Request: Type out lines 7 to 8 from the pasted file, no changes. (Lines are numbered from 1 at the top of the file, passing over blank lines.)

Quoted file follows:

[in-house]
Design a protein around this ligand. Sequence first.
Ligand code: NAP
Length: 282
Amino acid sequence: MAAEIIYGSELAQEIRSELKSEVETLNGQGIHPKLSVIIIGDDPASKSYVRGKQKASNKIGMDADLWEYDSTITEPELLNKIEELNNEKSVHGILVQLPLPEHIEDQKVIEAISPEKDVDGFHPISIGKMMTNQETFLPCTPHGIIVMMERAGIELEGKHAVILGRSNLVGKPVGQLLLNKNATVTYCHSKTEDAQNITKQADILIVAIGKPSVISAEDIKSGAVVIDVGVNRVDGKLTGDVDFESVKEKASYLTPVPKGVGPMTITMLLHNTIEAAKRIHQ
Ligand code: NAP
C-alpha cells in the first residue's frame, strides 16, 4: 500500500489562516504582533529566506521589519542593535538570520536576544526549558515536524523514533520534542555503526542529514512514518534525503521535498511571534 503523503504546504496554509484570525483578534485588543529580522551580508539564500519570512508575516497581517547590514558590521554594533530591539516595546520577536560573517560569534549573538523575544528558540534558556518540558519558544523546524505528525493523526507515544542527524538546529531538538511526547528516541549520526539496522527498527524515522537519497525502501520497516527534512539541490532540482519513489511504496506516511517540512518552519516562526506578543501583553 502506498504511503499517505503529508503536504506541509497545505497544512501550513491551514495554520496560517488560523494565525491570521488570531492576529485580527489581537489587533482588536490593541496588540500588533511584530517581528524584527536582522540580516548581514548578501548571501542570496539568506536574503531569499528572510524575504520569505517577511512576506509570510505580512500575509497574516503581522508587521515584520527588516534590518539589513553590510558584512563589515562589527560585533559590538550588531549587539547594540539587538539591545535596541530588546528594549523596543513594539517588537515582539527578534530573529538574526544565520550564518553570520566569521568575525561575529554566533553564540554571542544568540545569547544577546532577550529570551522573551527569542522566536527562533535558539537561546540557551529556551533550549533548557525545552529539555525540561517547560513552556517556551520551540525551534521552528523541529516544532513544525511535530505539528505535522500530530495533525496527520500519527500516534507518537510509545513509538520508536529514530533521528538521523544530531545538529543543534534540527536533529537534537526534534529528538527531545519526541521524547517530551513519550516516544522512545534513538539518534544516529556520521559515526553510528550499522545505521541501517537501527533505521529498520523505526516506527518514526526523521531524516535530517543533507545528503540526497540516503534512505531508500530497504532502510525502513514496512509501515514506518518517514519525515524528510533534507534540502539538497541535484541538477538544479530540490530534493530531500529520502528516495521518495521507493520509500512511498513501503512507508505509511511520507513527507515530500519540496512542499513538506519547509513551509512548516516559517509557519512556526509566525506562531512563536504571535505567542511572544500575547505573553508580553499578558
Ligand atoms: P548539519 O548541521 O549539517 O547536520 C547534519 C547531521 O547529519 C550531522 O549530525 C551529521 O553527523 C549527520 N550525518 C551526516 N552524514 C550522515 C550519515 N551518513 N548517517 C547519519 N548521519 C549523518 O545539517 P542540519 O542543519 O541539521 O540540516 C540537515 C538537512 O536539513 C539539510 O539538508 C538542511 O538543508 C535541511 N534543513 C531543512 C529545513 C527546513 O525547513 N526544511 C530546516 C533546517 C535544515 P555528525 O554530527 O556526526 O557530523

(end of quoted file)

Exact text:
C-alpha cells in the first residue's frame, strides 16, 4: 500500500489562516504582533529566506521589519542593535538570520536576544526549558515536524523514533520534542555503526542529514512514518534525503521535498511571534 503523503504546504496554509484570525483578534485588543529580522551580508539564500519570512508575516497581517547590514558590521554594533530591539516595546520577536560573517560569534549573538523575544528558540534558556518540558519558544523546524505528525493523526507515544542527524538546529531538538511526547528516541549520526539496522527498527524515522537519497525502501520497516527534512539541490532540482519513489511504496506516511517540512518552519516562526506578543501583553 502506498504511503499517505503529508503536504506541509497545505497544512501550513491551514495554520496560517488560523494565525491570521488570531492576529485580527489581537489587533482588536490593541496588540500588533511584530517581528524584527536582522540580516548581514548578501548571501542570496539568506536574503531569499528572510524575504520569505517577511512576506509570510505580512500575509497574516503581522508587521515584520527588516534590518539589513553590510558584512563589515562589527560585533559590538550588531549587539547594540539587538539591545535596541530588546528594549523596543513594539517588537515582539527578534530573529538574526544565520550564518553570520566569521568575525561575529554566533553564540554571542544568540545569547544577546532577550529570551522573551527569542522566536527562533535558539537561546540557551529556551533550549533548557525545552529539555525540561517547560513552556517556551520551540525551534521552528523541529516544532513544525511535530505539528505535522500530530495533525496527520500519527500516534507518537510509545513509538520508536529514530533521528538521523544530531545538529543543534534540527536533529537534537526534534529528538527531545519526541521524547517530551513519550516516544522512545534513538539518534544516529556520521559515526553510528550499522545505521541501517537501527533505521529498520523505526516506527518514526526523521531524516535530517543533507545528503540526497540516503534512505531508500530497504532502510525502513514496512509501515514506518518517514519525515524528510533534507534540502539538497541535484541538477538544479530540490530534493530531500529520502528516495521518495521507493520509500512511498513501503512507508505509511511520507513527507515530500519540496512542499513538506519547509513551509512548516516559517509557519512556526509566525506562531512563536504571535505567542511572544500575547505573553508580553499578558
Ligand atoms: P548539519 O548541521 O549539517 O547536520 C547534519 C547531521 O547529519 C550531522 O549530525 C551529521 O553527523 C549527520 N550525518 C551526516 N552524514 C550522515 C550519515 N551518513 N548517517 C547519519 N548521519 C549523518 O545539517 P542540519 O542543519 O541539521 O540540516 C540537515 C538537512 O536539513 C539539510 O539538508 C538542511 O538543508 C535541511 N534543513 C531543512 C529545513 C527546513 O525547513 N526544511 C530546516 C533546517 C535544515 P555528525 O554530527 O556526526 O557530523